• Determine each market segment’s most effective communication method and promotional offers.
  • Discover what your competitors are doing within similar market segments. Identify gaps and opportunities your business can capitalize on.

Your target market will evolve over time because of ever-changing consumer preferences. Thus, understanding the market isn’t a one-time affair but a continuous process.

4. Create customer segments

This step combines marketing segmentation criteria with identifying common traits within each group. It aims to convert consumer insights into actionable and well-defined groups.

Consider the following when creating customer segments:

  • Build comprehensive profiles for each segment.
  • Focus on segments that align with your business and have high revenue potential.
  • Check for overlaps between segments. This ensures that consumers in many segments get promotions based on their diversity.

With proper marketing segmentation, you’ll boost engagements and conversions. Watch the following video to learn the basics of customer segmentation and how to use Omnisend’s segmentation builder to segment customers:

5. Test your strategy

You can only determine the validity of your strategy through testing. You will use a subset of your market segment to confirm its effectiveness. If your strategy works, you can start the process of implementing the project on a large scale.

The process includes the following:

  • Start pilot campaigns and collect performance data. Examples include engagement metrics and conversion rates.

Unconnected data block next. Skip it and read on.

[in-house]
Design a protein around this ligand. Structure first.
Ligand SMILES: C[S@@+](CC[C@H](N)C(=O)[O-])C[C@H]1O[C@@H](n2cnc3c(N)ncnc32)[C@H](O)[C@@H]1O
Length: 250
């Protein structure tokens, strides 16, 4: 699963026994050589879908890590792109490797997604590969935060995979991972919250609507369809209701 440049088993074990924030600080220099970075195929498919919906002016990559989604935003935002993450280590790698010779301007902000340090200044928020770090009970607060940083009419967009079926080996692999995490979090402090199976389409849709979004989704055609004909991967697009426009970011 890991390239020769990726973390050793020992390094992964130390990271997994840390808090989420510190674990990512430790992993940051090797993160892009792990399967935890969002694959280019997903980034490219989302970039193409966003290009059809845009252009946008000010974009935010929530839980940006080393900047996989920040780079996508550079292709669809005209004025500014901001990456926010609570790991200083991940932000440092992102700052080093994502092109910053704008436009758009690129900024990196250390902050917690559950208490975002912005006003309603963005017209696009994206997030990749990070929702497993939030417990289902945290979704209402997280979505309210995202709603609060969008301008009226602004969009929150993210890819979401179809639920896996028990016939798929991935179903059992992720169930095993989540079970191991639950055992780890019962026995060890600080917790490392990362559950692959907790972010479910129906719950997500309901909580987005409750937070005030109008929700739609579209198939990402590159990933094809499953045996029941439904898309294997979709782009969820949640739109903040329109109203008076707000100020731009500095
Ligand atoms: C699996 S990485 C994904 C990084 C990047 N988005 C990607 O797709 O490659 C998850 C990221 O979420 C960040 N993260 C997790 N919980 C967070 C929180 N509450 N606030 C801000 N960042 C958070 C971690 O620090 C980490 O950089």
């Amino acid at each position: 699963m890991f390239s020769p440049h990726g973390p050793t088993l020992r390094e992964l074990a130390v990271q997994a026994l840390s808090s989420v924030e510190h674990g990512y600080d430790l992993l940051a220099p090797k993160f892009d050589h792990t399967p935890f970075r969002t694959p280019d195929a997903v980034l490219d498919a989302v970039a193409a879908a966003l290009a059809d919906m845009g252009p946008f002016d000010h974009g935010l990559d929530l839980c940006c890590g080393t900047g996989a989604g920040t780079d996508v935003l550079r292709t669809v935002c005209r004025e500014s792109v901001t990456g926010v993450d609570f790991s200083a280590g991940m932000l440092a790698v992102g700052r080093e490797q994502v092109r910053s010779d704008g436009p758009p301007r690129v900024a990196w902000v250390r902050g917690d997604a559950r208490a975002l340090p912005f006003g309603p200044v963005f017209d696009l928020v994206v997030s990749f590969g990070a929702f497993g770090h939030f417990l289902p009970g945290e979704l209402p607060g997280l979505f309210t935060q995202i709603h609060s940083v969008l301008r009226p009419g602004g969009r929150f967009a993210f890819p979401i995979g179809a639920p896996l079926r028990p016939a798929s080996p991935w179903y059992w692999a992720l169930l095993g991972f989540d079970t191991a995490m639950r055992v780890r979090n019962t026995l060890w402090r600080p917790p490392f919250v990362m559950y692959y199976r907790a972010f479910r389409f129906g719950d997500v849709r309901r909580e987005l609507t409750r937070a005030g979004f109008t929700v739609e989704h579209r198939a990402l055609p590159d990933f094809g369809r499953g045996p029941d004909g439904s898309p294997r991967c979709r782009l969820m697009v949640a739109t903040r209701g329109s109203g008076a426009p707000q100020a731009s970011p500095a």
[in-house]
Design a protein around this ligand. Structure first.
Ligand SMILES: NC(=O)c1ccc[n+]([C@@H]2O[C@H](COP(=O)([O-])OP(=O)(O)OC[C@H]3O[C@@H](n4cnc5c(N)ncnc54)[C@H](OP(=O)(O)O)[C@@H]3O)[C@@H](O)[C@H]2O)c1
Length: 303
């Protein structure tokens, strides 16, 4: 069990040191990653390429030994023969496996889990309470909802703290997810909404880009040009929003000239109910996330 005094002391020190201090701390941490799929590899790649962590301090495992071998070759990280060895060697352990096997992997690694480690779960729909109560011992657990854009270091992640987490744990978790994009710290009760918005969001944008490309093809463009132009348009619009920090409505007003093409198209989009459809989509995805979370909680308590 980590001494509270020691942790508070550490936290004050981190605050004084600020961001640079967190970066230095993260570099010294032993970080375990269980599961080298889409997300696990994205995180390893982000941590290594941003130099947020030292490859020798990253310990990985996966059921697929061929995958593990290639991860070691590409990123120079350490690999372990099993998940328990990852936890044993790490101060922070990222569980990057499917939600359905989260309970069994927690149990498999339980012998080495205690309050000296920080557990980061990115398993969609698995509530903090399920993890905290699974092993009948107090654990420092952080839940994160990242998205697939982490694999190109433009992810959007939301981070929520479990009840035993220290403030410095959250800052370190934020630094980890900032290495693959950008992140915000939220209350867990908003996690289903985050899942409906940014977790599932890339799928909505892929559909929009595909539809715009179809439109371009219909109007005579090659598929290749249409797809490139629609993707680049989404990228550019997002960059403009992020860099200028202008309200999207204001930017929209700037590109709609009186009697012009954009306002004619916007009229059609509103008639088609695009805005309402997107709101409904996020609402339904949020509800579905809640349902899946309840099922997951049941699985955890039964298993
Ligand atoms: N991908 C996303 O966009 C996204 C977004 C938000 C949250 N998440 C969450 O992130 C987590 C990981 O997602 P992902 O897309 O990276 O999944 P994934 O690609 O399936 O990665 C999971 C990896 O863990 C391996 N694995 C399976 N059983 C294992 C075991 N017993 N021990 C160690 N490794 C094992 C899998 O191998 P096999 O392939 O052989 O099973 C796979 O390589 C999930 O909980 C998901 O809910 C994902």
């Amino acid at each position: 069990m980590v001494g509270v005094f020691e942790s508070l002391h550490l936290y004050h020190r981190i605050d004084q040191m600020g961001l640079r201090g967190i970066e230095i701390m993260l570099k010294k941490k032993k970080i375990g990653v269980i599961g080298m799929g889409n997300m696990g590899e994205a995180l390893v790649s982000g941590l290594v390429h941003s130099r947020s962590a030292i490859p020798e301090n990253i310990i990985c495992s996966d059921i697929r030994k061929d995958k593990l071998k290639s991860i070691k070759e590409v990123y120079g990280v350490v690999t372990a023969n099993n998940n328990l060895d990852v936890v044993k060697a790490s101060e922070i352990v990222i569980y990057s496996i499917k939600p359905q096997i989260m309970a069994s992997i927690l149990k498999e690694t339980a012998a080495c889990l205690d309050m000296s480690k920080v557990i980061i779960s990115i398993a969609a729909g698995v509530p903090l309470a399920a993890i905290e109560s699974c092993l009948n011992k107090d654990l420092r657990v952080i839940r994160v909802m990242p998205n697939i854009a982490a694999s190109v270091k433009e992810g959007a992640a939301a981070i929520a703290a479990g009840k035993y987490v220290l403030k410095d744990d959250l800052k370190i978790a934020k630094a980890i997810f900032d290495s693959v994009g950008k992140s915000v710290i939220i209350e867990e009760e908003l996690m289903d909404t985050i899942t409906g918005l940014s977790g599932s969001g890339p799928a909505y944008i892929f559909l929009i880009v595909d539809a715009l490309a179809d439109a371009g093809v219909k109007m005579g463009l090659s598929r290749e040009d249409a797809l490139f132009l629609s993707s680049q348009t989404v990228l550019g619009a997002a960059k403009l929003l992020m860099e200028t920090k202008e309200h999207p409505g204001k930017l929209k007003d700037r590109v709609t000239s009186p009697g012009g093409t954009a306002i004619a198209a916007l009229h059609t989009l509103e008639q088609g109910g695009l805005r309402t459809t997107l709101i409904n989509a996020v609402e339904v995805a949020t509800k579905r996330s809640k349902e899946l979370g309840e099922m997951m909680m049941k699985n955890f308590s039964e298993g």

• Establish feedback mechanisms to understand the campaign’s impact on customer satisfaction. You can use surveys, forms, or direct interaction via customer service channels.
  • Compare the outcome with that of a control group that receives generic campaign messaging. Identify whether your segmentation strategy yields better results than a non-segmented strategy.
  • Identify what worked well and areas that need improvement, then refine your strategy.
  • Check if you can scale the strategy for a larger audience. Make sure it doesn’t compromise your strategy’s efficiency.

Main benefits of market segmentation

Market segmentation offers a plethora of benefits and helps you overcome the complexities of a broad target audience. Let’s look at a few market segmentation benefits below.

1. Enhanced targeting precision

Marketers can create targeted marketing messages when they focus on specific consumer traits. This improves engagement and conversion rates because consumers will respond to content that resonates with them.